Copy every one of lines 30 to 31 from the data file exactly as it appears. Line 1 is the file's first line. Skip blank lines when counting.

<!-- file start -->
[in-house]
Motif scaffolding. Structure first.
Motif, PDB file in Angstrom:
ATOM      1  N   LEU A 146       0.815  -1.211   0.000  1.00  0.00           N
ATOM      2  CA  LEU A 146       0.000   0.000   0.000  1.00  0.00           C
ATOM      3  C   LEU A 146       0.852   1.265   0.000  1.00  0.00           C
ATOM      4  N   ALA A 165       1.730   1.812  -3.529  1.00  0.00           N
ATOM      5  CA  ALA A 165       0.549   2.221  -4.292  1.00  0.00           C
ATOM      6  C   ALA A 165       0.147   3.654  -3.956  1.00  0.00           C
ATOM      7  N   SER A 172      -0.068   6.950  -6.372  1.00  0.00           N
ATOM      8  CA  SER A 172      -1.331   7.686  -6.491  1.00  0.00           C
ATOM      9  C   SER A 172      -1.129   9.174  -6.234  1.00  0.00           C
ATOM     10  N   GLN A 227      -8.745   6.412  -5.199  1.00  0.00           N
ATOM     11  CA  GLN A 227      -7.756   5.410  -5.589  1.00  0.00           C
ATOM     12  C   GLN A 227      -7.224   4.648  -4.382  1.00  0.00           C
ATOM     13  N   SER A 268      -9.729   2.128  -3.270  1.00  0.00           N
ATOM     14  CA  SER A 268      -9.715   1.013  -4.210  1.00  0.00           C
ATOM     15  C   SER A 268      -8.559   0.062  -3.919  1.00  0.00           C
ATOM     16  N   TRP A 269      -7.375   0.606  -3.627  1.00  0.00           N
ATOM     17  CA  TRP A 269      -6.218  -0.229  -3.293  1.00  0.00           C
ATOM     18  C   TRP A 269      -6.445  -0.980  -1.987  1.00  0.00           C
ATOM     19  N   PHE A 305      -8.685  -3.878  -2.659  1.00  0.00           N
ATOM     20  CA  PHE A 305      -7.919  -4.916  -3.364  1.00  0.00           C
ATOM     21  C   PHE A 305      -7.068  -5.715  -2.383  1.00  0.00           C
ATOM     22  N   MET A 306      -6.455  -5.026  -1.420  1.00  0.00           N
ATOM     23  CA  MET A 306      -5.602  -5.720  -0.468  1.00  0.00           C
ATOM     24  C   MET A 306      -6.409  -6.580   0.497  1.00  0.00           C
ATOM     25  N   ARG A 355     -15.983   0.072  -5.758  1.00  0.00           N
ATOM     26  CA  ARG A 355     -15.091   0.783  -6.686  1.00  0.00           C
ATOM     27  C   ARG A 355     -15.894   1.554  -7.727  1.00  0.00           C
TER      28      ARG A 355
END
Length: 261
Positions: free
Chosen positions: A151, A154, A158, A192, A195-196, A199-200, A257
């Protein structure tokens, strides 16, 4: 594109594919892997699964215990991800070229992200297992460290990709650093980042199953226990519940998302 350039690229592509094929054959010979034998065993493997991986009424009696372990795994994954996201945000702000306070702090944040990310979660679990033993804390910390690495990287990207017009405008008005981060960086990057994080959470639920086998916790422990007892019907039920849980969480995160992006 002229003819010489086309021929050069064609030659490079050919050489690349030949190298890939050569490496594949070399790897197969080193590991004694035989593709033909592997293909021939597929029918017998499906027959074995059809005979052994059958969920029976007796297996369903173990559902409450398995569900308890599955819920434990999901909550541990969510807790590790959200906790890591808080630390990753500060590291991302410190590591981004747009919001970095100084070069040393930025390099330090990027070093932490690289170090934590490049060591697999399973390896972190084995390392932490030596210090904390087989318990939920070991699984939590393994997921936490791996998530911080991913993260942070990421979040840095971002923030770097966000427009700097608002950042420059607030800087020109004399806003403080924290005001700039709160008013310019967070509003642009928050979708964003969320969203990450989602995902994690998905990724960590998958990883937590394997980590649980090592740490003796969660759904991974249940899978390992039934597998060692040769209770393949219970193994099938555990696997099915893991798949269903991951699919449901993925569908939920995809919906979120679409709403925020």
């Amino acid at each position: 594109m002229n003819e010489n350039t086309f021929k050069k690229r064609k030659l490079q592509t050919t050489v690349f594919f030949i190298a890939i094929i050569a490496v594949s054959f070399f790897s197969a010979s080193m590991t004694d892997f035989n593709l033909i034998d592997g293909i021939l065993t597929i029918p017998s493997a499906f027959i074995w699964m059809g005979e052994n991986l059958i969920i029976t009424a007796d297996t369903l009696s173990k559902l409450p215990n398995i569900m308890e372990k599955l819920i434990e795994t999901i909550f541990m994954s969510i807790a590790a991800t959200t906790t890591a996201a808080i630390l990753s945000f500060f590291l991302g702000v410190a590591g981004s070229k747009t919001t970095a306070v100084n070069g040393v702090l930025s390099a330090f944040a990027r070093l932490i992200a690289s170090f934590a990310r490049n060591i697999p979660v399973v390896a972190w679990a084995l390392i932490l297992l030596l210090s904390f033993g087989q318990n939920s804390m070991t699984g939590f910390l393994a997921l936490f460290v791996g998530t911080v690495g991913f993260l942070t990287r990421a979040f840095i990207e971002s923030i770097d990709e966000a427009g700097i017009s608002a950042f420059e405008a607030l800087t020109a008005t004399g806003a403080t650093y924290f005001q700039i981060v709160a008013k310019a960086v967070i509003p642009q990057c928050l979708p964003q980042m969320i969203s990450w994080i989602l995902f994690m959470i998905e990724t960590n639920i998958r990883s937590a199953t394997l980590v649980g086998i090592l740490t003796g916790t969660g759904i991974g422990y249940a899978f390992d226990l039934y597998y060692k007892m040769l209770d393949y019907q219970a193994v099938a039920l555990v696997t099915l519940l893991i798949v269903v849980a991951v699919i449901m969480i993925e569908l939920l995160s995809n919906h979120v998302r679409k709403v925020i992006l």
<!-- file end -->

ATOM     27  C   ARG A 355     -15.894   1.554  -7.727  1.00  0.00           C
TER      28      ARG A 355